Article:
1 minute read
Katy Steinmetz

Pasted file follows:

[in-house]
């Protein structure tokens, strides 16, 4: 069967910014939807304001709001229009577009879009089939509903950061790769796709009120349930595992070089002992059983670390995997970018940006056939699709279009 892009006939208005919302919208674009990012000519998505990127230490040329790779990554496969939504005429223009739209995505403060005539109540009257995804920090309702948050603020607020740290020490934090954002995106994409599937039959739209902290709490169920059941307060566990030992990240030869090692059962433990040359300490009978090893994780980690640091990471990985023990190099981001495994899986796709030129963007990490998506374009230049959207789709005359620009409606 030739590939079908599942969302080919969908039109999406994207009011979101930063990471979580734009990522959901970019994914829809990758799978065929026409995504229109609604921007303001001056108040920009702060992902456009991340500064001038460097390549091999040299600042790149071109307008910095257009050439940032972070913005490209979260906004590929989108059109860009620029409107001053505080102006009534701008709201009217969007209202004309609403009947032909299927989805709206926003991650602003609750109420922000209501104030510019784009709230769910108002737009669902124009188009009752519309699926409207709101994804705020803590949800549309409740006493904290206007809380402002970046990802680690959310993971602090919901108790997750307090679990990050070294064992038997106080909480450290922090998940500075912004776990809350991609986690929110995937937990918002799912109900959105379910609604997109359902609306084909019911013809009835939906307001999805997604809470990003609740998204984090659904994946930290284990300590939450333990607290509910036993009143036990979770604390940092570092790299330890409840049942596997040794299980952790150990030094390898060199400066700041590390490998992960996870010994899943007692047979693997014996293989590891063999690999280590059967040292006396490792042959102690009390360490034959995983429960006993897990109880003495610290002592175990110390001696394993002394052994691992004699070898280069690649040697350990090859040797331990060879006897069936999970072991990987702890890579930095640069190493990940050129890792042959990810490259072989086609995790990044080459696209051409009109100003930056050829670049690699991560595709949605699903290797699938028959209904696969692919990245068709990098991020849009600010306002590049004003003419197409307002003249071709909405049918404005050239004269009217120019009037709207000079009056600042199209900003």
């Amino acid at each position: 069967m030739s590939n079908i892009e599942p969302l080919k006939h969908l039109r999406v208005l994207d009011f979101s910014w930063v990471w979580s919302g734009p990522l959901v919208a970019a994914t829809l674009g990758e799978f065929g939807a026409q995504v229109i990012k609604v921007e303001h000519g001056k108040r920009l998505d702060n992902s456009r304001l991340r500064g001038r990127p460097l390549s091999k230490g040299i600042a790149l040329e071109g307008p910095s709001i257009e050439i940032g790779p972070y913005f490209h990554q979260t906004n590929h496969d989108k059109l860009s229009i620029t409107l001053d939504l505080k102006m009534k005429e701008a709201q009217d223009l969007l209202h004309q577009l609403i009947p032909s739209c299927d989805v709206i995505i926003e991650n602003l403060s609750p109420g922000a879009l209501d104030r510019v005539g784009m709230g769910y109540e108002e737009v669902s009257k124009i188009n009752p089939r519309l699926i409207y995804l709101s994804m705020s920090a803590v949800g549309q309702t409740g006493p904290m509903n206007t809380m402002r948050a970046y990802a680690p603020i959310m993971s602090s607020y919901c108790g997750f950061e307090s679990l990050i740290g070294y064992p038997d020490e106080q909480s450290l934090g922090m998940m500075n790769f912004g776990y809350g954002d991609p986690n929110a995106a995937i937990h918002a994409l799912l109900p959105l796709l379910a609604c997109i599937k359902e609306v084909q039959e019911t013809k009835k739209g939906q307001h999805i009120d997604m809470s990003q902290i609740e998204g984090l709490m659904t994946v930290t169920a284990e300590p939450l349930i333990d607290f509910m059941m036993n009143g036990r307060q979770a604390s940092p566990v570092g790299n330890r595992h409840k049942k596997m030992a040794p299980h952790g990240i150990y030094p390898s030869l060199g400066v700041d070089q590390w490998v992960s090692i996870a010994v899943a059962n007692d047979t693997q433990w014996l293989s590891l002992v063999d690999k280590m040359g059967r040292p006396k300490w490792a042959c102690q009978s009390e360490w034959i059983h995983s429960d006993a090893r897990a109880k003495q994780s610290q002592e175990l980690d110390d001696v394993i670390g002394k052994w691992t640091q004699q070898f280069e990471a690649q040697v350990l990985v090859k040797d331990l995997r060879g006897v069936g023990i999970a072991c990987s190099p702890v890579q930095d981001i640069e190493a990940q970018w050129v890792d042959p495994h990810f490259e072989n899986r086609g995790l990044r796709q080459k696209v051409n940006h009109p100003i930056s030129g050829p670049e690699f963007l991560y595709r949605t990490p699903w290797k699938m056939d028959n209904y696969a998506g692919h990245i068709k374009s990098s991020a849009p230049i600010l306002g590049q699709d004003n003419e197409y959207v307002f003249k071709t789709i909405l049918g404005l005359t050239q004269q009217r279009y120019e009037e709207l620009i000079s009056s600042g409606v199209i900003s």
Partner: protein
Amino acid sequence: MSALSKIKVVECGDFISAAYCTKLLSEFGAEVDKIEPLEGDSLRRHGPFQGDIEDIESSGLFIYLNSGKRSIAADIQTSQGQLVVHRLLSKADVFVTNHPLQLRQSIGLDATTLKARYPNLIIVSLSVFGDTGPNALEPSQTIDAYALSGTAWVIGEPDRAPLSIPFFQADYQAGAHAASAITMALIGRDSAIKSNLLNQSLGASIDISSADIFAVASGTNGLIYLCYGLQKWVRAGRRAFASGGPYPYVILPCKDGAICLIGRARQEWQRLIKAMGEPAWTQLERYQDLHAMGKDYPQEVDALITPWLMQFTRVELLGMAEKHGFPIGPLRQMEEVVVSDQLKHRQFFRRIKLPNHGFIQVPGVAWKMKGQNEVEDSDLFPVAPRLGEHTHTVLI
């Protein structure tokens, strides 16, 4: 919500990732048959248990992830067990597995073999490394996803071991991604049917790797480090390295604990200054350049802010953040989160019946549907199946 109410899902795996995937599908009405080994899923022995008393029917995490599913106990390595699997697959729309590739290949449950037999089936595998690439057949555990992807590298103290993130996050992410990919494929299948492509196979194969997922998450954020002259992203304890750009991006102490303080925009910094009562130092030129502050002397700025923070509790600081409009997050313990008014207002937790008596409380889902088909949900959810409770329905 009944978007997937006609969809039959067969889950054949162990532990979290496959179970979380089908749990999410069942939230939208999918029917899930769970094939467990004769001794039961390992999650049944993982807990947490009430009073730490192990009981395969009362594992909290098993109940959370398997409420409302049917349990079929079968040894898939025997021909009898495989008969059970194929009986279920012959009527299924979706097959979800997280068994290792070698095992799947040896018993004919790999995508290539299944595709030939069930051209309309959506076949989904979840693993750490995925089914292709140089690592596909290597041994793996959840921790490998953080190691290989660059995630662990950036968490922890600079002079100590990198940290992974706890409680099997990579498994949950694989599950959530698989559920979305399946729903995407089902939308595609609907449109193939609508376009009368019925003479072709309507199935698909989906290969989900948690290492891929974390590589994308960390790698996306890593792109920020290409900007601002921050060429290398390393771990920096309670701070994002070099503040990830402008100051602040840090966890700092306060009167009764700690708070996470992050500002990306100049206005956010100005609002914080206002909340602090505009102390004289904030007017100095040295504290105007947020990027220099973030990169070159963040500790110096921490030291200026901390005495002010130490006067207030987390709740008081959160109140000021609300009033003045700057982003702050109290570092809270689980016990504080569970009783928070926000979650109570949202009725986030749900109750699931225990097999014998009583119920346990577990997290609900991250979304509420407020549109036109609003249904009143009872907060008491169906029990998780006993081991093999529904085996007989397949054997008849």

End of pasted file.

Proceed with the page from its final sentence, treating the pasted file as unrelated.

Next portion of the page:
During the final months of the Bosnian War, nearly 8,000 Muslim men and boys were systematically murdered in the fallen U.N. enclave of Srebrenica–the worst European massacre since World War II. On June 10, two high-ranking Bosnian Serbs were convicted for those 1995 killings. The U.N. war-crimes tribunal at the Hague found military officers Vujadin Popovic and Ljubisa Beara guilty of genocide–defined by the U.N. as “acts committed with intent to destroy, in whole or in part, a national, ethnical, racial or religious group.” Their life sentences could prove precursors to bigger convictions, specifically those of Radovan Karadzic, the wartime Bosnian Serb political leader currently on trial, and military commander Ratko Mladic, who remains at large. “The plain intention … to eliminate every Bosnian Muslim male who was captured or surrendered proves beyond reasonable doubt that this was genocide,” the judges wrote. “In the context of the war in the former Yugoslavia, and in the context of human history, these events are arrestive in their scale and brutality.”

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